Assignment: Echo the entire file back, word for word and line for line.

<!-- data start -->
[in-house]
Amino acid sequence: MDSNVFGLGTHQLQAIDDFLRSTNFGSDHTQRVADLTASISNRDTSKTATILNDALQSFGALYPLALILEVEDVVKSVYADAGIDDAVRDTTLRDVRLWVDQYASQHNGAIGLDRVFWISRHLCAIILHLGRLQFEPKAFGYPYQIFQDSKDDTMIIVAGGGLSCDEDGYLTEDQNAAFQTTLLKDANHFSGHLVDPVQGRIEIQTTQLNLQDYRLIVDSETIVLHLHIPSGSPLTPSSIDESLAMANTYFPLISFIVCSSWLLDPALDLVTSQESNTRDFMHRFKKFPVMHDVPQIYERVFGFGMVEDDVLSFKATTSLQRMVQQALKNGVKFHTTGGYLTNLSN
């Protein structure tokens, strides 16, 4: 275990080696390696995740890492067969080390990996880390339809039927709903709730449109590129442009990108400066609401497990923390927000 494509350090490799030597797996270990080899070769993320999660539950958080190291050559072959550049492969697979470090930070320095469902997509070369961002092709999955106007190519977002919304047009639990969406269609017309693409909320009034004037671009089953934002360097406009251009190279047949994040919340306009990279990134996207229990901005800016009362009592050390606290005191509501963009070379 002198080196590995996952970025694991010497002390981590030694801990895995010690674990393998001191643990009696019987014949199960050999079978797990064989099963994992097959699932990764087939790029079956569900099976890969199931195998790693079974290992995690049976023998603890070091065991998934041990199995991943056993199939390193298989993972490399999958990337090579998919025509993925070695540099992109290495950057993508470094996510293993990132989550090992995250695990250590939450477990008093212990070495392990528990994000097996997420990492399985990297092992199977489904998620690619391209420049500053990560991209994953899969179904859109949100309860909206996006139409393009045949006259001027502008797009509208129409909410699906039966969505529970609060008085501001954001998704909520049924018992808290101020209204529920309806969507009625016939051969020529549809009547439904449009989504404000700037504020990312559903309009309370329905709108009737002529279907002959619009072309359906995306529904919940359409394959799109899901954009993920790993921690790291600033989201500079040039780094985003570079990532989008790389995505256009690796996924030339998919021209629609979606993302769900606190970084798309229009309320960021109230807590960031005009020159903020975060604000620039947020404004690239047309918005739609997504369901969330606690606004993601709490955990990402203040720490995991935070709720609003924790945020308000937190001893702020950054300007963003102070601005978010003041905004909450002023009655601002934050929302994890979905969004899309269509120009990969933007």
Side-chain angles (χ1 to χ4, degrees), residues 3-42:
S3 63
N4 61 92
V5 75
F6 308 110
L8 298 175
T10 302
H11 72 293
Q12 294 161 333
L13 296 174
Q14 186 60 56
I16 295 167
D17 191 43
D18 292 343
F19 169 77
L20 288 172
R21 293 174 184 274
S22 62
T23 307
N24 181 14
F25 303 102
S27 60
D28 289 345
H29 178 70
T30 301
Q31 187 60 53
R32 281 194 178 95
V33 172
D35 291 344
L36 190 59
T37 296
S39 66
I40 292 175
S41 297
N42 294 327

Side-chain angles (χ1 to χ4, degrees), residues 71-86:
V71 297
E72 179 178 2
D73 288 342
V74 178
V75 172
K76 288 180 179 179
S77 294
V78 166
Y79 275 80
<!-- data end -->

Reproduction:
[in-house]
Amino acid sequence: MDSNVFGLGTHQLQAIDDFLRSTNFGSDHTQRVADLTASISNRDTSKTATILNDALQSFGALYPLALILEVEDVVKSVYADAGIDDAVRDTTLRDVRLWVDQYASQHNGAIGLDRVFWISRHLCAIILHLGRLQFEPKAFGYPYQIFQDSKDDTMIIVAGGGLSCDEDGYLTEDQNAAFQTTLLKDANHFSGHLVDPVQGRIEIQTTQLNLQDYRLIVDSETIVLHLHIPSGSPLTPSSIDESLAMANTYFPLISFIVCSSWLLDPALDLVTSQESNTRDFMHRFKKFPVMHDVPQIYERVFGFGMVEDDVLSFKATTSLQRMVQQALKNGVKFHTTGGYLTNLSN
């Protein structure tokens, strides 16, 4: 275990080696390696995740890492067969080390990996880390339809039927709903709730449109590129442009990108400066609401497990923390927000 494509350090490799030597797996270990080899070769993320999660539950958080190291050559072959550049492969697979470090930070320095469902997509070369961002092709999955106007190519977002919304047009639990969406269609017309693409909320009034004037671009089953934002360097406009251009190279047949994040919340306009990279990134996207229990901005800016009362009592050390606290005191509501963009070379 002198080196590995996952970025694991010497002390981590030694801990895995010690674990393998001191643990009696019987014949199960050999079978797990064989099963994992097959699932990764087939790029079956569900099976890969199931195998790693079974290992995690049976023998603890070091065991998934041990199995991943056993199939390193298989993972490399999958990337090579998919025509993925070695540099992109290495950057993508470094996510293993990132989550090992995250695990250590939450477990008093212990070495392990528990994000097996997420990492399985990297092992199977489904998620690619391209420049500053990560991209994953899969179904859109949100309860909206996006139409393009045949006259001027502008797009509208129409909410699906039966969505529970609060008085501001954001998704909520049924018992808290101020209204529920309806969507009625016939051969020529549809009547439904449009989504404000700037504020990312559903309009309370329905709108009737002529279907002959619009072309359906995306529904919940359409394959799109899901954009993920790993921690790291600033989201500079040039780094985003570079990532989008790389995505256009690796996924030339998919021209629609979606993302769900606190970084798309229009309320960021109230807590960031005009020159903020975060604000620039947020404004690239047309918005739609997504369901969330606690606004993601709490955990990402203040720490995991935070709720609003924790945020308000937190001893702020950054300007963003102070601005978010003041905004909450002023009655601002934050929302994890979905969004899309269509120009990969933007």
Side-chain angles (χ1 to χ4, degrees), residues 3-42:
S3 63
N4 61 92
V5 75
F6 308 110
L8 298 175
T10 302
H11 72 293
Q12 294 161 333
L13 296 174
Q14 186 60 56
I16 295 167
D17 191 43
D18 292 343
F19 169 77
L20 288 172
R21 293 174 184 274
S22 62
T23 307
N24 181 14
F25 303 102
S27 60
D28 289 345
H29 178 70
T30 301
Q31 187 60 53
R32 281 194 178 95
V33 172
D35 291 344
L36 190 59
T37 296
S39 66
I40 292 175
S41 297
N42 294 327

Side-chain angles (χ1 to χ4, degrees), residues 71-86:
V71 297
E72 179 178 2
D73 288 342
V74 178
V75 172
K76 288 180 179 179
S77 294
V78 166
Y79 275 80